We don’t have pictures of fall, because there’s no autumn here! However, here’s some pictures to show what we’ve been doing over the last few months:
As you might already know, we need teachers in Cameroon. For us and for nearly all the expatriate families that are serving in Cameroon, the schooling options are a huge part of how and why we are here. This is true for those working with us in Bible translation, literacy and Scripture engagement as well for those from all sorts of different ministries – church planting, discipleship and mentoring, training of pastors and leaders, orphan care, youth outreach and so many others. The ability for us to continue to work depends in a very large part on the ability of our kids to go to school. For next year, the 2019-2020 school year, there are huge needs at nearly every level from administration and support to all varieties of ages/grades and subjects. If you know any teachers who might like to make a difference in the world and who are interested in living in one of the best climates, let me know!
- Preschool Teacher
- Kindergarten teacher
- Grade 1/2 teacher
- Grade 3/4 teacher
The September/October issue of Mission Frontiers focuses on the work that God is doing through Wycliffe Bible Translators. Though the entire magazine is devoted to the topic, it only highlights a few of the ways that God is at work drawing people to Himself. You can read it here: http://www.missionfrontiers.org/issue/archive/wycliffe-bible-translators1
And, I will add a quick story of how God is at work in Cameroon. This morning, I was praying with five others : two were from Central African Republic, one American, one from Togo, and the last from Congo-Brazzaville. Each of us shared something that God has taught us this week and we prayed together. We prayed for the studies that they are doing and for their families back in their respective homes. We prayed for the work that they will go back to and the impact that it could have. All six of us are all involved in different aspects of Bible translation, usage, or literacy. Yet, I am becoming more and more convinced that some of the most important work we do is praying and then walking forward in the next thing God has for us. It might not seem like much, but I know that it makes a huge difference in innumerable lives. And, you can join in this work too. Please take a moment and pray for iDELTA and for Cameroon. Here are some suggested prayer topics.
There’s a Cameroonian at the place where I work who used to work in the Computer Department. We grab lunch with every now and then. It’s nice to have someone else to connect with and he teaches me about Cameroonian culture and I get some additional French practice.
A few weeks ago, he asked me to help him improve his English — so we’ve been working through a little English learning book. In this book is a story about a market. We talked about the story and he would ask me what certain words meant. One that was confusing to him was “hawker”.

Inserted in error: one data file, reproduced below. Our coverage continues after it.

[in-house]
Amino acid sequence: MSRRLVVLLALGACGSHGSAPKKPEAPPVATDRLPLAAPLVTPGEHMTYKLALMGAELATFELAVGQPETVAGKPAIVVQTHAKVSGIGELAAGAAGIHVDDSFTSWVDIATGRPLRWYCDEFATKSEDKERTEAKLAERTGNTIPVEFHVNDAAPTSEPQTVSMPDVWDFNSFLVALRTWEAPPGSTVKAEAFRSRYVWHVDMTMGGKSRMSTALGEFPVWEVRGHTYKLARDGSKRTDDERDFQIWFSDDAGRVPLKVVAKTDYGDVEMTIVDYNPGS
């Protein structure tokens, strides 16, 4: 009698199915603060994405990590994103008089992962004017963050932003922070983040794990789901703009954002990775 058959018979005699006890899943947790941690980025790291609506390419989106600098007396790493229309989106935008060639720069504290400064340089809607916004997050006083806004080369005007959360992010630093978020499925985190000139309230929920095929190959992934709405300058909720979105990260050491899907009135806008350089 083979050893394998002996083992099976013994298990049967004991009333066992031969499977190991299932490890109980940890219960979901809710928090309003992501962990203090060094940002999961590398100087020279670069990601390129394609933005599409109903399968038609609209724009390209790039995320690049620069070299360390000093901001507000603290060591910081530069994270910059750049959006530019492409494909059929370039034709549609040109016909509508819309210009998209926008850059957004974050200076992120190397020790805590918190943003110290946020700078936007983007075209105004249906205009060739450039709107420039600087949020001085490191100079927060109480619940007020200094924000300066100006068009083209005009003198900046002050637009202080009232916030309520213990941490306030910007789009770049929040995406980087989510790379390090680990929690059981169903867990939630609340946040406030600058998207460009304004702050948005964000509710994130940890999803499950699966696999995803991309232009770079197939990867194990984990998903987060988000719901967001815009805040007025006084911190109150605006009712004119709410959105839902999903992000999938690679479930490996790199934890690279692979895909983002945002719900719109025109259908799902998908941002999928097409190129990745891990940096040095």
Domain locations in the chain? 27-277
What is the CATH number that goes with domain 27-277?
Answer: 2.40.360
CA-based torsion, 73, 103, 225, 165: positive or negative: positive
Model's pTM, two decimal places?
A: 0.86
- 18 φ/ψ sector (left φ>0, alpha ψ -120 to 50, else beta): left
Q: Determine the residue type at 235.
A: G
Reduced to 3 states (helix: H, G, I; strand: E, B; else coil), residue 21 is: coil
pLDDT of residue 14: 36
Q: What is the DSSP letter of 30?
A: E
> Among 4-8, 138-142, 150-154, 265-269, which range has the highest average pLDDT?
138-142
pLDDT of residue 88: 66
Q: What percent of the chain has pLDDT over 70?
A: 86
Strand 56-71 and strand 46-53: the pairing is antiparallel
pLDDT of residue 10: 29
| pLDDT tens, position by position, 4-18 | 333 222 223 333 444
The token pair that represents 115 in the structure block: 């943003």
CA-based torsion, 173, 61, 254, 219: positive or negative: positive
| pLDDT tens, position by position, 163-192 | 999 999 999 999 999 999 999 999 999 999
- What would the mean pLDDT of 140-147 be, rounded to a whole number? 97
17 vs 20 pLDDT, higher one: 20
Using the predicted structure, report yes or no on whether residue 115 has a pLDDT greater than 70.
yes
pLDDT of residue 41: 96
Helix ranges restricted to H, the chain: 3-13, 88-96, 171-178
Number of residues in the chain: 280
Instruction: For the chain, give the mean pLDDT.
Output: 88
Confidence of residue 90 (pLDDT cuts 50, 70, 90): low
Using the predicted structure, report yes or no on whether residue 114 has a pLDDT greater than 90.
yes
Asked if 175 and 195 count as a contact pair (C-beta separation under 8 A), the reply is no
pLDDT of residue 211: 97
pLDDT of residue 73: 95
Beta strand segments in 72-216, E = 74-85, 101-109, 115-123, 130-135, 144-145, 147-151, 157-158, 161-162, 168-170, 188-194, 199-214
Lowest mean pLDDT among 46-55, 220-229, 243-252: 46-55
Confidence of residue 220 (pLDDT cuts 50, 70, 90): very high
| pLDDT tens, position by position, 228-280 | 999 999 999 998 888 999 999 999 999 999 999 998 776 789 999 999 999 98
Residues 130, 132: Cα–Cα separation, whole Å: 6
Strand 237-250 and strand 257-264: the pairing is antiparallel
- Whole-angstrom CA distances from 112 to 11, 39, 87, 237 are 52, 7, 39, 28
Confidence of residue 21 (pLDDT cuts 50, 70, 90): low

“What’s a hawker?” he asked (we had this conversation in French)
“Someone who sells in a market and calls out to you ‘Come! I have things here’.”
“Oh! Like a buy-em sell-em”.
Then I had to stop him and ask him about these “Buy-em Sell-ems”.
He said, “They are the ladies who sit by the site of the road and lay out a mat with their goods. A buy-em sell-em”.
It turns out the French word here in Cameroon is “les Bayam-Sellam”.
A couple days later Shannon was reading a news site and found that word “les Bayam-Sellam”. She didn’t understand what it was referring to until she read it phonetically.
Shannon recently returned from another trip to the village where she helped with a verb workshop. In Bantu languages, generally, verbs are known to be able to add suffixes or prefixes or even infixes for different tenses as well as for many other uses. So, this verb workshop was an attempt to start the process of learning how verbs act and how they can change in this language. We were able to learn a lot through the participatory workshop and the participants seemed to really grasp the richness and diversity of their language. It was a productive workshop that also had to be very efficient, as it was cut short by one day due to the funeral of one of the main leaders of the community. This sad situation was also an occasion for learning, as Shannon attended the wake and burial service.
Grieving is often a deeply personal experience in American culture, but in Cameroon, the entire community wails and weeps together. They stay up throughout the night together; sitting, talking, and even dancing and music are prominent among the activities. Of course, there is a lot of food too.
I was really struck by the normalcy and injustice of death throughout this trip. Death is both so wrong, especially when it takes a young person and so normal, in that everyone experiences it. I appreciated the expressions of grief and the community striving together to make sense of what doesn’t make sense. And even more, I’m grateful for the eternal life and hope that belong to all who believe in Jesus Christ as Savior and Lord and the chance to share that hope with others.
I Corinthians 15:50-57 NIV